A metabolism characteristic curve, such as the curve shown in FIG. 3, may be determined for the particular individual and the particular drug. Using such a personal characteristic curve, an optimum time between doses of the drugs can then be determined. It should be appreciated that the individual can be alerted to take the drug at an interval correlating with a characteristic time of the metabolic response curve.

The methodology begins in block 31, and a drug dosage is administered to the patient. It should be appreciated that the drug dosage may be a standard drug dosage based on average person, or it may be the individualized drug dosage determined using the methodology described with respect to FIG. 2 a. The methodology advances to block 33.

In block 33, the metabolic rate of the individual is monitored over time. Referring to FIG. 3, the metabolic rate of an individual over time due to a drug is illustrated at 80. The x-axis represents time, as shown at 81, and the y-axis represents the metabolic rate, as shown at 82. The rate of change over time of the patient's metabolic rate is shown at 83. For an individual patient, such a curve may be used in determining the optimum time interval between administrations of the drug for maximum effectiveness.

In this example, before the drug is administered, the metabolic rate of the patient prior to administering the drug is a baseline level, shown at 84. The drug is administered at a point in time, as shown at 85. In this example, the metabolism of the patient increases, with a metabolic rate maximum at a time, as shown at 86. A peak time Tp may be defined as the difference between the time of drug administration 85 and the peak of metabolic rate, as shown at 86. The metabolic rate of the patient subsequently falls to the resting level at a time shown at 88.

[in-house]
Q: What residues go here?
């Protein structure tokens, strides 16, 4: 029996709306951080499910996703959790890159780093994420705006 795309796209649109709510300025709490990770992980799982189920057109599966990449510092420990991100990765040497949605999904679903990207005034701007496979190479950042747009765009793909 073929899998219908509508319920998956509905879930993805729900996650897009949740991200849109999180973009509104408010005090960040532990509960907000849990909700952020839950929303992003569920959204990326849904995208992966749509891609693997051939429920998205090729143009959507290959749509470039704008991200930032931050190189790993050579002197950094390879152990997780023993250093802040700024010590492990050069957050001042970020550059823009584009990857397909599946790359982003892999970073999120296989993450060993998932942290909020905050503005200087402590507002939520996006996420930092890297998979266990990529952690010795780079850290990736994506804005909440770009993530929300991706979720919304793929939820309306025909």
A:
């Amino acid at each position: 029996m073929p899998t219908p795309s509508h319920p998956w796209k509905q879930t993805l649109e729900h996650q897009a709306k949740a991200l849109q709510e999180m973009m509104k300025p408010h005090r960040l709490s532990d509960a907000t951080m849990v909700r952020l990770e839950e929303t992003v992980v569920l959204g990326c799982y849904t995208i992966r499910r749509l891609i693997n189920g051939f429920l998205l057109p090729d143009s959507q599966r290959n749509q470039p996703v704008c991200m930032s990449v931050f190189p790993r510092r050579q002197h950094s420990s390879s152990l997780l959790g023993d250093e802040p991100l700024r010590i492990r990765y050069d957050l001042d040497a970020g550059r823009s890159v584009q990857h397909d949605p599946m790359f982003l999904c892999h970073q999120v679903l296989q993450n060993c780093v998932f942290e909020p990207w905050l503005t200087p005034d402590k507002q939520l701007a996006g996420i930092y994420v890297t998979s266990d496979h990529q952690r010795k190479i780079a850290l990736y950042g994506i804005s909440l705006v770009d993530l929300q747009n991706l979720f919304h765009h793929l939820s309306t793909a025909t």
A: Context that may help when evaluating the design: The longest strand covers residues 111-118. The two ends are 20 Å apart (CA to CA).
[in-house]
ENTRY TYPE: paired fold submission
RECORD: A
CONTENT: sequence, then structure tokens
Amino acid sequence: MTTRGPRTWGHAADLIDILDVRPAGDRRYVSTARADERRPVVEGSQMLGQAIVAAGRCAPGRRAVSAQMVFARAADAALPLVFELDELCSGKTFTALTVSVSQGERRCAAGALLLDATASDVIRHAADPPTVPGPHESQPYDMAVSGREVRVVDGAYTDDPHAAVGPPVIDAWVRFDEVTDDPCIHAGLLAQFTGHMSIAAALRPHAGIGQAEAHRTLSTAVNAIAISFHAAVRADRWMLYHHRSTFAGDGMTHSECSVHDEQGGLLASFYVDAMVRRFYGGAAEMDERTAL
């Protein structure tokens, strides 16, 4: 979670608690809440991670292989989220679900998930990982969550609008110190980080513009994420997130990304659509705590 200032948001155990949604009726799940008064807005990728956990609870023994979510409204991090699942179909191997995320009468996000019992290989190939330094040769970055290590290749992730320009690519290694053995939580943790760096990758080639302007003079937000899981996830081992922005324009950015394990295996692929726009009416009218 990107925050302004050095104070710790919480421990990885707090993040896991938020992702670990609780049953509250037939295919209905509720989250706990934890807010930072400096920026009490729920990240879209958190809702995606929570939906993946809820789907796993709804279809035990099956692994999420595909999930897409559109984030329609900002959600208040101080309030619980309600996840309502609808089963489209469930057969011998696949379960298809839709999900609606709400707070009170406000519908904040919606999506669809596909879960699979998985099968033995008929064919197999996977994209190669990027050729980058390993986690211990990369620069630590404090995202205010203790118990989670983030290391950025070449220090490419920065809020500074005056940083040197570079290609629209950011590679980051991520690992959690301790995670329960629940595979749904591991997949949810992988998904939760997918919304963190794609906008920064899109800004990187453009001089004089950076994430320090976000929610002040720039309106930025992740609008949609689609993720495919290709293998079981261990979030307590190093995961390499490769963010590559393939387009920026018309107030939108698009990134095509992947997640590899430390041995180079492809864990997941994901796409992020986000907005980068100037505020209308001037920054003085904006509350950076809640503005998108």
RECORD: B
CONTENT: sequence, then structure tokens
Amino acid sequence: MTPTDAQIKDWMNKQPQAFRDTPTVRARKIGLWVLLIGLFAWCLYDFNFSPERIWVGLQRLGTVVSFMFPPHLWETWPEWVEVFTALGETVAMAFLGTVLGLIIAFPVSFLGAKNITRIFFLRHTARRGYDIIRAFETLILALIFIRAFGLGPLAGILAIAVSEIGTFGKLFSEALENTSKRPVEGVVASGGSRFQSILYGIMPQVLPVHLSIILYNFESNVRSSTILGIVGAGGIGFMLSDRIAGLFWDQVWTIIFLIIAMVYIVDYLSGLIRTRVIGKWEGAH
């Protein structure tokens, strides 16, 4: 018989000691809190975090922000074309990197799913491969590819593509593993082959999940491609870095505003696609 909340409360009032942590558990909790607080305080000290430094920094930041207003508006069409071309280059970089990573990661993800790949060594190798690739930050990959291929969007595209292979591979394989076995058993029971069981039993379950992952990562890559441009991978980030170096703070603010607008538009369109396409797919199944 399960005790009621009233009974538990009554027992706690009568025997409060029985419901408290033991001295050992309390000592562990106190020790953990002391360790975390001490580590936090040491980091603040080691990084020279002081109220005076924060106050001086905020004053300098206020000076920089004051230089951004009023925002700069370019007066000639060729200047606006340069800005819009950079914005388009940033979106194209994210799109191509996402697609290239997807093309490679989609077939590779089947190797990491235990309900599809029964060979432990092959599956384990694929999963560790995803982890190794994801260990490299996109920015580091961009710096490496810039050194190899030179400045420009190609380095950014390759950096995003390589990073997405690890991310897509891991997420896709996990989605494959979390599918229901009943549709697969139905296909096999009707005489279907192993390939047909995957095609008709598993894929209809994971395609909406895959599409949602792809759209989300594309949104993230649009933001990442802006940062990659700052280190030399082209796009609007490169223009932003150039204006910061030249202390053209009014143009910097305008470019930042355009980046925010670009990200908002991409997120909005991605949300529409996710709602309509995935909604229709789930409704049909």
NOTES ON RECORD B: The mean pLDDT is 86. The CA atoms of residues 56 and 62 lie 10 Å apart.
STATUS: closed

The peak time 86 is one of several characteristics that can be used to characterize the curve 80. Other characteristics include the rise times in terms of exponentials or other factors, decay times and numerical modeling factors.

The characteristic times may be used in determining the dynamics of the drug activity, and improved dosage mechanisms. For example, a dosage can be administered at intervals, and the intervals may be correlated with the characteristic time determined. In this example, the peak drug metabolic rate (MRp) in such a curve, which indicates the peak in the drug effectiveness, can be used for determining the optimum time for administering the next drug dosage in order to achieve maximum effectiveness for the respective patient. For example, in some drugs it may be desirable to administer the next dosage as soon as the drug effectiveness drops from the peak to the baseline level, whereas in other cases it may be desirable to administer the next dosage at a predetermined point before the effectiveness drops to the baseline level, or at a predetermined point after the effectiveness drops to the baseline level.

Referring to FIG. 2 c a flowchart illustrating still another embodiment of the present invention using a body fat meter is provided. The system 8 includes a body fat meter 18, such as the previously described body fat meter 18 for measuring a body fat percentage. Such a system could include a weighing mechanism and a data processor adapted to calculate an optimum drug dosage for an individual in terms of the lean body weight of the individual and the identity of the drug.

The methodology begins in block 41, and a standard drug dosage is provided as an input to the processor for the respective drug, as previously described. The methodology advances to block 42, and the body weight of the respective patient is provided as an input to the processor, as previously described.

The methodology advances to block 43, and the body fat percentage of the respective patient is then measured and provided as an input to the processor. The methodology advances to block 44.